Narratives of organisational performances
2002 (English)Report (Other academic)
Whereas management theory and practice tend to adopt an objectifying perspective and regard an organisation's performances literally as what the organisation achieves, I introduce in this paper a distinction between organisational life and the various accounts that are made of this life or its impacts on the organisation's environment. Reminding the reader that what is achieved within an organisation is, with rare exception, accessible to our understanding only through accounts that are made of these achievements, I suggest that it would be more correct to approach an organisation's performances as accounts rather than as objectified acts or results. Having redefined an organisation's performances as accounts, I then explore the structural qualities of performance accounts. I emphasise that they are narratives of achievements and that they are specific enough to constitute a genre. Turning thereafter toward the societal role of performance narratives as a genre, I introduce the conclusive argument of the paper. Taken together, the millions of performance narratives that management produces and consumes daily constitute a vast narrative fresco aimed at reassuring us that late modernity actually manages fulfil its promises of progress. Performance narratives, far from being politically neutral, keep the modernist dream afloat and contribute in a decisive manner to maintain the social order that is attached to it.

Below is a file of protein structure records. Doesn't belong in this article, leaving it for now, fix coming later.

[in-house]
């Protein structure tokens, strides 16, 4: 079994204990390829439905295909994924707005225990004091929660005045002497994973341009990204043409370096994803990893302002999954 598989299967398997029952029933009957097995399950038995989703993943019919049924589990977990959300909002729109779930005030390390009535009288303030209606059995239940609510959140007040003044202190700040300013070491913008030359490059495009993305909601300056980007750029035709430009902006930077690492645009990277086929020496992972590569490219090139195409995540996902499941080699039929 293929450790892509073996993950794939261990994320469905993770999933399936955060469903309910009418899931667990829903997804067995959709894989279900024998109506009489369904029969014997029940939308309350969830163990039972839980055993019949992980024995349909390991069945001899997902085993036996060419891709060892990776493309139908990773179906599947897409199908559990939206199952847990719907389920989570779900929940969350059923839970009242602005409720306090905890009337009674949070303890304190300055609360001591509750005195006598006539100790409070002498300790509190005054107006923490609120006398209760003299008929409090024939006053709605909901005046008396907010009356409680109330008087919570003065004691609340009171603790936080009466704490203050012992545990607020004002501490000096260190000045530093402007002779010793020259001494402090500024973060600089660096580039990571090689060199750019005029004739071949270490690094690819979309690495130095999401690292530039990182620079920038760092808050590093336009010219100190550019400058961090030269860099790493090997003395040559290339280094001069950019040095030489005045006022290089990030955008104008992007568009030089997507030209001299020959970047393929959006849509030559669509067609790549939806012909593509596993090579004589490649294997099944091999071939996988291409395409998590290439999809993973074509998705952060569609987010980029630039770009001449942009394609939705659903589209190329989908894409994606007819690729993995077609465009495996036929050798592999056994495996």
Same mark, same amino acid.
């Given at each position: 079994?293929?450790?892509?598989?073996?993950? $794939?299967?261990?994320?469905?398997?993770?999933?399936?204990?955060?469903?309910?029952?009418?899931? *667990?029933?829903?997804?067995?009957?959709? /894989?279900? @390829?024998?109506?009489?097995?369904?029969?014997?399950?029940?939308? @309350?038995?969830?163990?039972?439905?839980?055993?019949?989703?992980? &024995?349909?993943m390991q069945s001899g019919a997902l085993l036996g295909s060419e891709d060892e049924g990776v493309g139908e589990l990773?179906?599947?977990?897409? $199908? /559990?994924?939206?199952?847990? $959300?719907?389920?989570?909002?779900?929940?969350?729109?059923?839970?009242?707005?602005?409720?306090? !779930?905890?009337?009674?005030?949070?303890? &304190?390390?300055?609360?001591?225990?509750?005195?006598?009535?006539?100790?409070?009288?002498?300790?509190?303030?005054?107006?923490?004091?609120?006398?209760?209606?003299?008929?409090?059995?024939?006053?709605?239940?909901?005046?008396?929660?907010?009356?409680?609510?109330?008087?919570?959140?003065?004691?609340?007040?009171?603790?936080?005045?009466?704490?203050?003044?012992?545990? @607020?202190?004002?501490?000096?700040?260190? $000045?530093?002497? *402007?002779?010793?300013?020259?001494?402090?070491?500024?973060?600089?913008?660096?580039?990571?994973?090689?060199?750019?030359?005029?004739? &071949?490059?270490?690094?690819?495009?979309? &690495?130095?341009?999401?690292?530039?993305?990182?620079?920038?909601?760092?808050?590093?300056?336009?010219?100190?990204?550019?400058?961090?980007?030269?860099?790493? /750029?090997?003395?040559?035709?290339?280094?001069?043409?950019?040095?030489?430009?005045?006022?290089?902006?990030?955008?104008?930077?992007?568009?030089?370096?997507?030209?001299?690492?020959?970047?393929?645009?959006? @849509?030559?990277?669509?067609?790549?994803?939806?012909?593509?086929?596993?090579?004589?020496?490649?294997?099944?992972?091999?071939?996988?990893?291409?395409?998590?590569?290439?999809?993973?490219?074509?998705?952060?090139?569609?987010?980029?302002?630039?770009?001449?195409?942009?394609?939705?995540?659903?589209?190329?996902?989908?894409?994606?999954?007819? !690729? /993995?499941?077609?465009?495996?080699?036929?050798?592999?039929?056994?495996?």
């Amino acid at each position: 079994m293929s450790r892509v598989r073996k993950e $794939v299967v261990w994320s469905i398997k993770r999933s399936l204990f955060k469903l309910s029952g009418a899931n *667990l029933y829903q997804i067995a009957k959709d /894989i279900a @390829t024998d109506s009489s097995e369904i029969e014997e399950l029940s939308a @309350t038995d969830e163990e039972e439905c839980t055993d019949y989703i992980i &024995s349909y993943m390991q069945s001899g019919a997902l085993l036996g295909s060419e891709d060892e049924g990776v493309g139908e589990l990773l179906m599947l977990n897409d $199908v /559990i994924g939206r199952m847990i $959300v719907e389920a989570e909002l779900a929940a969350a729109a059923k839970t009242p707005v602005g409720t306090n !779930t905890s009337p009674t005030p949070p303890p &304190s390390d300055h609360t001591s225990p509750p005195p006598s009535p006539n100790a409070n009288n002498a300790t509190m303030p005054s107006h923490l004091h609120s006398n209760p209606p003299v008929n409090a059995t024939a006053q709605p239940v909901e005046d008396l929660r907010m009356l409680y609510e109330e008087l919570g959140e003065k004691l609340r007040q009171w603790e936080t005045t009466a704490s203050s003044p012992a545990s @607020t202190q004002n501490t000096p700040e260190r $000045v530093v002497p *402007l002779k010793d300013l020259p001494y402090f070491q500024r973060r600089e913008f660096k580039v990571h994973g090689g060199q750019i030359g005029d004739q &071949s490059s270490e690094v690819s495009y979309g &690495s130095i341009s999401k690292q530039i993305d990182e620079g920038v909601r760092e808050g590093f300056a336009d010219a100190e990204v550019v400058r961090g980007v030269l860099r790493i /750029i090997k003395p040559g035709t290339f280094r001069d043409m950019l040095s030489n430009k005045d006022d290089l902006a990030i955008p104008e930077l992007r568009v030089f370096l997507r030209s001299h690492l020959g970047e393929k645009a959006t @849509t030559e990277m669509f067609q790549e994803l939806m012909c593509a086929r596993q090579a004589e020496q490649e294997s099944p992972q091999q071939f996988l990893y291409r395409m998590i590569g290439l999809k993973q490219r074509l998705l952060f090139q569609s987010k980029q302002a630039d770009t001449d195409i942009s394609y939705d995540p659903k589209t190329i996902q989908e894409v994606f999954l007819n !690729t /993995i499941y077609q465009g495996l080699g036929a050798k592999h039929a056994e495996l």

Place, publisher, year, edition, pages
Kristianstad: Department of Business Studies, Kristianstad University College , 2002. , 28 p.
Working paper series, ISSN 1650-0636 ; 2002:4
IdentifiersURN: urn:nbn:se:hkr:diva-9432OAI: oai:DiVA.org:hkr-9432DiVA: diva2:535167